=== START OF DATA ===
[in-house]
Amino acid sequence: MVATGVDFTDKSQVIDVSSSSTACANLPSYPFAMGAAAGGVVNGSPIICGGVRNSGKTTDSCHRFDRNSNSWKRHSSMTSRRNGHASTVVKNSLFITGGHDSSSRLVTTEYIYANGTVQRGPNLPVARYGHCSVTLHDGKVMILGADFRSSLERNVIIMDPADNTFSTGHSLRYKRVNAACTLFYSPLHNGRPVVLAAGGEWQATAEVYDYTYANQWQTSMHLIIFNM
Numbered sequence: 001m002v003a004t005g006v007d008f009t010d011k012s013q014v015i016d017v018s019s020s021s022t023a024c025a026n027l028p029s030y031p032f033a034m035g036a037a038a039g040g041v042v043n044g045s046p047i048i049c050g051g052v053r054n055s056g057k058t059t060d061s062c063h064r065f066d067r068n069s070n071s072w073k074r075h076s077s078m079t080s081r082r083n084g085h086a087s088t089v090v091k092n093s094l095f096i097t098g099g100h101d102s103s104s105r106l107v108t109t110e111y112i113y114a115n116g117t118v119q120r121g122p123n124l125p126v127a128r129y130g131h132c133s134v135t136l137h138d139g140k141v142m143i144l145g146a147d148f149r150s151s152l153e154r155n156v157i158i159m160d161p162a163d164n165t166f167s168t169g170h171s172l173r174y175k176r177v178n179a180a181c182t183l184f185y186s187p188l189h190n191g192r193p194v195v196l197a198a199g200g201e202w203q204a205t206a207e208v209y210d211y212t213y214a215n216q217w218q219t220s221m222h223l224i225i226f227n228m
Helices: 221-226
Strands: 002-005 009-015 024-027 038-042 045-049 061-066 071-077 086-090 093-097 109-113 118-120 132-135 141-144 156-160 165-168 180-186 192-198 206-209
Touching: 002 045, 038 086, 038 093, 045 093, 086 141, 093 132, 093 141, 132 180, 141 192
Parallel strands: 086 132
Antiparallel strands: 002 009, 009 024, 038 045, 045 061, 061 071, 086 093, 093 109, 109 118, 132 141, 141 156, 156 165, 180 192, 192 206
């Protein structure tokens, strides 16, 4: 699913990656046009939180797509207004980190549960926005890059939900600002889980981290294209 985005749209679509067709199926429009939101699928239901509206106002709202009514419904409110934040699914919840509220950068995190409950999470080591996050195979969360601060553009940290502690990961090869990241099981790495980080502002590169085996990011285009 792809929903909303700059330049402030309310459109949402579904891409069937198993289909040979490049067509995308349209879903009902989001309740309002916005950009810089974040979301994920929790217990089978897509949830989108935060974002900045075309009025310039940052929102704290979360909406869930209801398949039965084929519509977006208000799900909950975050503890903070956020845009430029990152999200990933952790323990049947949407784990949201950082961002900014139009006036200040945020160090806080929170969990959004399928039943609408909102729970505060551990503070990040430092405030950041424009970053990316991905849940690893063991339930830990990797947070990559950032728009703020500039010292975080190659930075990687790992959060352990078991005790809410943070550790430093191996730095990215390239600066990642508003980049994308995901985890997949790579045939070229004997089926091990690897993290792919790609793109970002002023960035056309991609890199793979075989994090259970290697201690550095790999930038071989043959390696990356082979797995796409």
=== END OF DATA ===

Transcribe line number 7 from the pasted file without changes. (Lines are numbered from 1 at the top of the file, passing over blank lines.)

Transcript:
Parallel strands: 086 132